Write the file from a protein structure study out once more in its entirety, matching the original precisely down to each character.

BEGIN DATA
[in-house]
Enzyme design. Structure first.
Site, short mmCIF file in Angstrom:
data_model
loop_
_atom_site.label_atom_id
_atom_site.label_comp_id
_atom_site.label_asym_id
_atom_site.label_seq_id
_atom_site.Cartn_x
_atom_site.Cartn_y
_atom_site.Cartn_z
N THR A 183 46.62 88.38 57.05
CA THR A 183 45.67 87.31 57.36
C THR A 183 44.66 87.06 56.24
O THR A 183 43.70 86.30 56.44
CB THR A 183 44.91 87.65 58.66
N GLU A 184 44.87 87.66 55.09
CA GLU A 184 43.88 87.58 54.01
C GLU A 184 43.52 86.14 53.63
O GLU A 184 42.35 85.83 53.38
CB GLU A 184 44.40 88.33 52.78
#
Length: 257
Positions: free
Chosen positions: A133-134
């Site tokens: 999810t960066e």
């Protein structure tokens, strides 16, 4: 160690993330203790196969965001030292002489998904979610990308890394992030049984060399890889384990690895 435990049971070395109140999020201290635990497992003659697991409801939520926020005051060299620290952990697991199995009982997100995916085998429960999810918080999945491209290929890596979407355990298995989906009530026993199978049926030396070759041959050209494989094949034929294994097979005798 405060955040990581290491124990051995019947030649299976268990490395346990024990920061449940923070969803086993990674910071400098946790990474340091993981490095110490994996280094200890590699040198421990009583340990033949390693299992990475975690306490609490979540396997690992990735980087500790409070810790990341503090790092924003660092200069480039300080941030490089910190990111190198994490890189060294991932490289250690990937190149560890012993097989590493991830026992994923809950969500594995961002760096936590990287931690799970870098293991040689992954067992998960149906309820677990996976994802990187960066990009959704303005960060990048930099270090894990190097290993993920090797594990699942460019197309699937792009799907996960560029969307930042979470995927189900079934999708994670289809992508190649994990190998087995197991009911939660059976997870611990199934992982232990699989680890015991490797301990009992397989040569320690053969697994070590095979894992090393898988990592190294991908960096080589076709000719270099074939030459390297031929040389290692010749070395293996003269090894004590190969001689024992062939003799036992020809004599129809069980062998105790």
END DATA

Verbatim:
[in-house]
Enzyme design. Structure first.
Site, short mmCIF file in Angstrom:
data_model
loop_
_atom_site.label_atom_id
_atom_site.label_comp_id
_atom_site.label_asym_id
_atom_site.label_seq_id
_atom_site.Cartn_x
_atom_site.Cartn_y
_atom_site.Cartn_z
N THR A 183 46.62 88.38 57.05
CA THR A 183 45.67 87.31 57.36
C THR A 183 44.66 87.06 56.24
O THR A 183 43.70 86.30 56.44
CB THR A 183 44.91 87.65 58.66
N GLU A 184 44.87 87.66 55.09
CA GLU A 184 43.88 87.58 54.01
C GLU A 184 43.52 86.14 53.63
O GLU A 184 42.35 85.83 53.38
CB GLU A 184 44.40 88.33 52.78
#
Length: 257
Positions: free
Chosen positions: A133-134
């Site tokens: 999810t960066e």
């Protein structure tokens, strides 16, 4: 160690993330203790196969965001030292002489998904979610990308890394992030049984060399890889384990690895 435990049971070395109140999020201290635990497992003659697991409801939520926020005051060299620290952990697991199995009982997100995916085998429960999810918080999945491209290929890596979407355990298995989906009530026993199978049926030396070759041959050209494989094949034929294994097979005798 405060955040990581290491124990051995019947030649299976268990490395346990024990920061449940923070969803086993990674910071400098946790990474340091993981490095110490994996280094200890590699040198421990009583340990033949390693299992990475975690306490609490979540396997690992990735980087500790409070810790990341503090790092924003660092200069480039300080941030490089910190990111190198994490890189060294991932490289250690990937190149560890012993097989590493991830026992994923809950969500594995961002760096936590990287931690799970870098293991040689992954067992998960149906309820677990996976994802990187960066990009959704303005960060990048930099270090894990190097290993993920090797594990699942460019197309699937792009799907996960560029969307930042979470995927189900079934999708994670289809992508190649994990190998087995197991009911939660059976997870611990199934992982232990699989680890015991490797301990009992397989040569320690053969697994070590095979894992090393898988990592190294991908960096080589076709000719270099074939030459390297031929040389290692010749070395293996003269090894004590190969001689024992062939003799036992020809004599129809069980062998105790």